Memories of Being One of the Guys
Me and My Brothers
The Girl in the Middle
I was raised a tomboy for pretty much my entire life. I wasn't the only girl but I was the middle girl, surrounded by brothers. I have three older sisters who are five years, almost eight years, and almost nine years older than me. I have one younger sister who is a little more than 10 years younger than me. And there in the middle are me and the boys.
My older brother, Butch, was about two and a half when I was born. I was just a little over two when my younger brother, Mike, was born. Mike was about two and a half when Pat was born. We were 'stairstep siblings,' shown here on the stairs when Pat was three years old. That would make Mike about five and a half, me about seven and a half and Butch about 10.
I never knew a life without brothers and for that I feel blessed. I learned a lot of neat stuff from brothers, not all of it good but most of it useful. Everybody should know how to ride a bike at full speed downhill with no hands, how to climb a tree so high up and you can barely see the ground, and how to build a fort in the woods. Would I have learned those things from sisters? Probably not but who knows.
The four of us weren't always together but there were usually at least two or three of us wherever there was one. For a long time before Pat was born and when he was too young to run with us, it was Butch, me, and Mike. We got into our share of trouble but most kids do, especially in big families.
As Butch got older and outgrew the rest of us, Pat became one of the Three Musketeers. I wasn't always nice to my youngest brother and picked on him a lot. Although I've since apologized to him, the Mom in me really regrets that I was so mean to Pat. Much of our time together was spent outdoors, probably because we were too noisy inside.
Although we often played with other kids, it really wasn't necessary to have other kids along because we made our own fun. Life was simpler back in those days. Cartoons only came on Saturday mornings but outdoors was there all of the time. The world was our playground and we were kings and queen of our neighborhood, or so it seemed.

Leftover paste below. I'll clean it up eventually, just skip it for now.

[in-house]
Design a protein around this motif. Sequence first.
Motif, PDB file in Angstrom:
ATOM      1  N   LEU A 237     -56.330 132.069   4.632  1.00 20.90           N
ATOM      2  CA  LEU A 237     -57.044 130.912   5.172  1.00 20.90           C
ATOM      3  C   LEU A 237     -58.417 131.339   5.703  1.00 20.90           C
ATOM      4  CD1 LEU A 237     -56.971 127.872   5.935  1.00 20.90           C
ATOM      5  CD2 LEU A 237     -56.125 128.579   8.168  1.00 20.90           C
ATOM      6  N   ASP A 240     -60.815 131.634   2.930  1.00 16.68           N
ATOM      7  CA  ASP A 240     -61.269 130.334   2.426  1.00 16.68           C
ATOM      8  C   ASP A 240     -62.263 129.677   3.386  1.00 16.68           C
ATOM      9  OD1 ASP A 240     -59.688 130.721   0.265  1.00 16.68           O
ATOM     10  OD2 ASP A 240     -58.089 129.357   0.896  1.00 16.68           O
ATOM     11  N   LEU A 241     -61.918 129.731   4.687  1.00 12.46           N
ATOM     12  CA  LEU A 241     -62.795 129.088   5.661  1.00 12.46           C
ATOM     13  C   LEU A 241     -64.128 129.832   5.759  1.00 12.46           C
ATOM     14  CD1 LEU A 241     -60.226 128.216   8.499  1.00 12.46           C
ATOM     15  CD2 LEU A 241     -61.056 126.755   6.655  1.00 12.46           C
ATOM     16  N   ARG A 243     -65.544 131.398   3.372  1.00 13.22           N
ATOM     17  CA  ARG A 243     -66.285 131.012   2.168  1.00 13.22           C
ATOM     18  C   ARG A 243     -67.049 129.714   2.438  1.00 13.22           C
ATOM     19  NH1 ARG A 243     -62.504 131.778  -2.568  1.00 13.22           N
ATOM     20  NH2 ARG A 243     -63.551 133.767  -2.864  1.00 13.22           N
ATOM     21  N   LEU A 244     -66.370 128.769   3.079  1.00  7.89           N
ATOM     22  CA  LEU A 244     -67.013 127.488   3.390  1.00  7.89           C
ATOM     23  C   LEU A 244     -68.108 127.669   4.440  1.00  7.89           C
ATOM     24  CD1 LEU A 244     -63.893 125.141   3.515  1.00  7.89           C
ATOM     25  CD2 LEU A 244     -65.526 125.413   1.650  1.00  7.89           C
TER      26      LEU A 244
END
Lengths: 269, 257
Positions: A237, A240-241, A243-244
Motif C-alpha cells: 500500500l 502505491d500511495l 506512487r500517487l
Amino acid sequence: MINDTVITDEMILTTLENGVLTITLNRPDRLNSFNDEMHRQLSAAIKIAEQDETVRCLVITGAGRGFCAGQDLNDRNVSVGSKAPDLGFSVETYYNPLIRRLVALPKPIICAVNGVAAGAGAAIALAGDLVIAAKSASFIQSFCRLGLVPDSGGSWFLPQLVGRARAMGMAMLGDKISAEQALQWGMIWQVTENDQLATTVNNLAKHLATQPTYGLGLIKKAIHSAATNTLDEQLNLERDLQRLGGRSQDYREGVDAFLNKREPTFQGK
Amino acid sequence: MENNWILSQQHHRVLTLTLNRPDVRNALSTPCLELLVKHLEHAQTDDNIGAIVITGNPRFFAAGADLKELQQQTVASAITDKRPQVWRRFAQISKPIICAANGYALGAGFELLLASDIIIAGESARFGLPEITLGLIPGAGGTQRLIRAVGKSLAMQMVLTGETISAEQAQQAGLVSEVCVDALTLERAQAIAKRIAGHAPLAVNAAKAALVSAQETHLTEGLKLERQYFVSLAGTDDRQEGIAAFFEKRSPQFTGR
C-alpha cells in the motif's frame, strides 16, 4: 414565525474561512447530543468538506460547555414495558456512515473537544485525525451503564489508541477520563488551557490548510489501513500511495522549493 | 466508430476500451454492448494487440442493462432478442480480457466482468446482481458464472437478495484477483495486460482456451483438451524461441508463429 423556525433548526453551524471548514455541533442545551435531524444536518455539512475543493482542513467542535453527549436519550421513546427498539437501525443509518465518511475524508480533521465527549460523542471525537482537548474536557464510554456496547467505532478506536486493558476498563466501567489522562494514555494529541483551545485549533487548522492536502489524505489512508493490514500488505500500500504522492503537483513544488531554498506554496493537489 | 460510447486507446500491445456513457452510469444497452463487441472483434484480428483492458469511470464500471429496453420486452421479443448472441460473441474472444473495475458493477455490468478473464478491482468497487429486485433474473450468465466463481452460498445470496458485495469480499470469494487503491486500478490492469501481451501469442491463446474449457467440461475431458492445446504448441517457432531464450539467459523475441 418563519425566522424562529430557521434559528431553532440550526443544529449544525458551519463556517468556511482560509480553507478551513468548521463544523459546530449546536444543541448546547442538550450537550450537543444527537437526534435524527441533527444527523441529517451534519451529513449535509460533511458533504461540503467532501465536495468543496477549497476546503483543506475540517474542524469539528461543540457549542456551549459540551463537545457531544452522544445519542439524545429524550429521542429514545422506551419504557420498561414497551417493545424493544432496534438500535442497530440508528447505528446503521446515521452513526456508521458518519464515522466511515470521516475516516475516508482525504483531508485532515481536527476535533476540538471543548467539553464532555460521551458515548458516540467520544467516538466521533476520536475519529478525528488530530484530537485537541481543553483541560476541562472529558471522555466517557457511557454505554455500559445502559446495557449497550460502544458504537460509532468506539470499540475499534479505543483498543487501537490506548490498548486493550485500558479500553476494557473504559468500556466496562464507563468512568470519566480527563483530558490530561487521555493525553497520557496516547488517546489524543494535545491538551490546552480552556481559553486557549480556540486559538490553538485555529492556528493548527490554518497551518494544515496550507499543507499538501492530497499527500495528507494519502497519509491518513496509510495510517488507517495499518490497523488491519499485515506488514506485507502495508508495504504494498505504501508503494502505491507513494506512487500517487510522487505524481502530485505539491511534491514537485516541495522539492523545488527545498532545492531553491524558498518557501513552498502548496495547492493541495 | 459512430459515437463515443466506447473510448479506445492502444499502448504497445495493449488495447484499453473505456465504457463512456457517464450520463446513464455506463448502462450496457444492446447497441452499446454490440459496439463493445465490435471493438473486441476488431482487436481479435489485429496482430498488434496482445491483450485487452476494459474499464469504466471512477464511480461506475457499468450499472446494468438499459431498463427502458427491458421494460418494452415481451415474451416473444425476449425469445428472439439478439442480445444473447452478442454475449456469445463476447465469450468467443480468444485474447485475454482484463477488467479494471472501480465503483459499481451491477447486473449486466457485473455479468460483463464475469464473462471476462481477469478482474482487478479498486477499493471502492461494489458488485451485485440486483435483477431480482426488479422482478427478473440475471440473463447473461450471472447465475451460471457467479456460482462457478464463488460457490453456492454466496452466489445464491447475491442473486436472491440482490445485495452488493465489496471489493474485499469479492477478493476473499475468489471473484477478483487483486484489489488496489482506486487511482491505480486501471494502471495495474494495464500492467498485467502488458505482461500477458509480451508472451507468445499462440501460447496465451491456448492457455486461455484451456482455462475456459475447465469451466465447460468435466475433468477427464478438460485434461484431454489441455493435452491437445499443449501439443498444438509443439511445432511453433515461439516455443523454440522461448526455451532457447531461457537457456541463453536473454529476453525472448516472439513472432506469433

In the summertime, we pretty much lived at the pool, walking there as soon as the temperature was warm enough. The rest of the time, we were on our bikes, in the backyard, or in the woods. Tetherball in the yard, baseball in the vacant lot, and street football were the sports we played. Ghosts in the Graveyard was our summertime game after dark when the shadows and ghosts were out in the neighborhood.
We swung high up in the swings before jumping as far as we could to the ground. It felt like we were flying and we never seemed to tire of the game. We trampled through the woods, damming up the creek behind one house where we lived and we tossed ropes up into trees to get way up when there weren't low branches to climb.
In one house, we played under the porch. Looking at the porch there years later, I have no idea how we got down there or what we did while we were there. My older brother wasn't always a good example for me nor was I always a good example for my younger brothers. But we all turned out mostly okay anyway.
We teased and we picked, we pushed and we shoved, we fought and we bickered, and we tried to outdo one another in most everything we did. We were the Kennedys without money! Our parents had strong expectations for all of us and we mostly tried to live up to them; however, some of us didn't do as well in that category as others.
We got into trouble with regularity for various things, some small and some big. Leaving our bikes out in the yard, breaking a light in the dining room and lying about it, tearing down Christmas lights and smashing them in the ground. Ask any of us why we did any of those things and the answer would be the same: "I don't know," the words that make parents go temporarily insane.
We snuck into places we didn't belong, snooped into things that weren't ours, and made mischief of one kind and another sort of like Max in "Where the Wild Things Are." We only talked back under our breath, our bravado not to be shared with our parents. We challenged each other to do more, be more, know more. The old Keds commercial about running faster and jumping higher: that was us.
I don't know what I'd be like if I'd not been raised in the middle of the boys, just one of the guys. To this day, I'm generally more comfortable around guys than around girls. I'm the one who kids and jokes and always has a smart aleck comment to make. That's who I am and I guess that's who I'll be, the girl who was always a part of the brothers three.